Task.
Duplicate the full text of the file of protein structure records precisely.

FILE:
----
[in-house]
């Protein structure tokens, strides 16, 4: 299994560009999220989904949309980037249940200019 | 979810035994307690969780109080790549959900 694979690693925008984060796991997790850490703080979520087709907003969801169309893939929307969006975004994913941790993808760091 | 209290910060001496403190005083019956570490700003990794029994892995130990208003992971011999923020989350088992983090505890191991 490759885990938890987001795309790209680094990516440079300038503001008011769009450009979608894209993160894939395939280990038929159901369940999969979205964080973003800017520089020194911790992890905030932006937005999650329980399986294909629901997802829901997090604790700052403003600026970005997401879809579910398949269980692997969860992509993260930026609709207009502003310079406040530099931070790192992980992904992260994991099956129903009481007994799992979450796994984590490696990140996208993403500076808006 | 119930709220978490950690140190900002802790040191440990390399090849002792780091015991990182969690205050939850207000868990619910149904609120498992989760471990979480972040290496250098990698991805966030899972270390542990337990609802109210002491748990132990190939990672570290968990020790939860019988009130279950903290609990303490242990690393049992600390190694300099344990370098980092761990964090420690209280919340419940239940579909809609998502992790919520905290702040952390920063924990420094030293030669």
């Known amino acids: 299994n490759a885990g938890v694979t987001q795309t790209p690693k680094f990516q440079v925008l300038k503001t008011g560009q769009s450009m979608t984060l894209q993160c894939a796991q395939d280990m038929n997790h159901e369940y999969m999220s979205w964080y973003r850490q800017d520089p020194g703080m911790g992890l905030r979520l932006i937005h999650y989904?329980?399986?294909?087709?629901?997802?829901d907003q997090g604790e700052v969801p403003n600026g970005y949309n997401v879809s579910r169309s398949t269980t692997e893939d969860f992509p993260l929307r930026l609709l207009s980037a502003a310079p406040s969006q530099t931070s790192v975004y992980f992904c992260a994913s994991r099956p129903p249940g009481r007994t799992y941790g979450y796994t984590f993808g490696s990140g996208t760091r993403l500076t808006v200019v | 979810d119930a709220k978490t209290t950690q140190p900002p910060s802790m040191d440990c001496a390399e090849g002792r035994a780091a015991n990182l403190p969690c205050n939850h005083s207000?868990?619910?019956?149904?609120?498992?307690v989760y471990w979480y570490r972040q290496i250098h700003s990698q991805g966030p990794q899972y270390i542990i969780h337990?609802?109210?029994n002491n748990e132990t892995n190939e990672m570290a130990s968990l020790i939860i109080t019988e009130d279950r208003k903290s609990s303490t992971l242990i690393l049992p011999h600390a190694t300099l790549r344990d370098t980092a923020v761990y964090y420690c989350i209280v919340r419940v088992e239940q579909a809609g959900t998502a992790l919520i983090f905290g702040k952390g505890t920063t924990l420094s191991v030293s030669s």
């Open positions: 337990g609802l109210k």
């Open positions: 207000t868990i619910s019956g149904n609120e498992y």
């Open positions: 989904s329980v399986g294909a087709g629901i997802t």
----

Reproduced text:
[in-house]
């Protein structure tokens, strides 16, 4: 299994560009999220989904949309980037249940200019 | 979810035994307690969780109080790549959900 694979690693925008984060796991997790850490703080979520087709907003969801169309893939929307969006975004994913941790993808760091 | 209290910060001496403190005083019956570490700003990794029994892995130990208003992971011999923020989350088992983090505890191991 490759885990938890987001795309790209680094990516440079300038503001008011769009450009979608894209993160894939395939280990038929159901369940999969979205964080973003800017520089020194911790992890905030932006937005999650329980399986294909629901997802829901997090604790700052403003600026970005997401879809579910398949269980692997969860992509993260930026609709207009502003310079406040530099931070790192992980992904992260994991099956129903009481007994799992979450796994984590490696990140996208993403500076808006 | 119930709220978490950690140190900002802790040191440990390399090849002792780091015991990182969690205050939850207000868990619910149904609120498992989760471990979480972040290496250098990698991805966030899972270390542990337990609802109210002491748990132990190939990672570290968990020790939860019988009130279950903290609990303490242990690393049992600390190694300099344990370098980092761990964090420690209280919340419940239940579909809609998502992790919520905290702040952390920063924990420094030293030669």
């Known amino acids: 299994n490759a885990g938890v694979t987001q795309t790209p690693k680094f990516q440079v925008l300038k503001t008011g560009q769009s450009m979608t984060l894209q993160c894939a796991q395939d280990m038929n997790h159901e369940y999969m999220s979205w964080y973003r850490q800017d520089p020194g703080m911790g992890l905030r979520l932006i937005h999650y989904?329980?399986?294909?087709?629901?997802?829901d907003q997090g604790e700052v969801p403003n600026g970005y949309n997401v879809s579910r169309s398949t269980t692997e893939d969860f992509p993260l929307r930026l609709l207009s980037a502003a310079p406040s969006q530099t931070s790192v975004y992980f992904c992260a994913s994991r099956p129903p249940g009481r007994t799992y941790g979450y796994t984590f993808g490696s990140g996208t760091r993403l500076t808006v200019v | 979810d119930a709220k978490t209290t950690q140190p900002p910060s802790m040191d440990c001496a390399e090849g002792r035994a780091a015991n990182l403190p969690c205050n939850h005083s207000?868990?619910?019956?149904?609120?498992?307690v989760y471990w979480y570490r972040q290496i250098h700003s990698q991805g966030p990794q899972y270390i542990i969780h337990?609802?109210?029994n002491n748990e132990t892995n190939e990672m570290a130990s968990l020790i939860i109080t019988e009130d279950r208003k903290s609990s303490t992971l242990i690393l049992p011999h600390a190694t300099l790549r344990d370098t980092a923020v761990y964090y420690c989350i209280v919340r419940v088992e239940q579909a809609g959900t998502a992790l919520i983090f905290g702040k952390g505890t920063t924990l420094s191991v030293s030669s």
């Open positions: 337990g609802l109210k």
């Open positions: 207000t868990i619910s019956g149904n609120e498992y």
């Open positions: 989904s329980v399986g294909a087709g629901i997802t």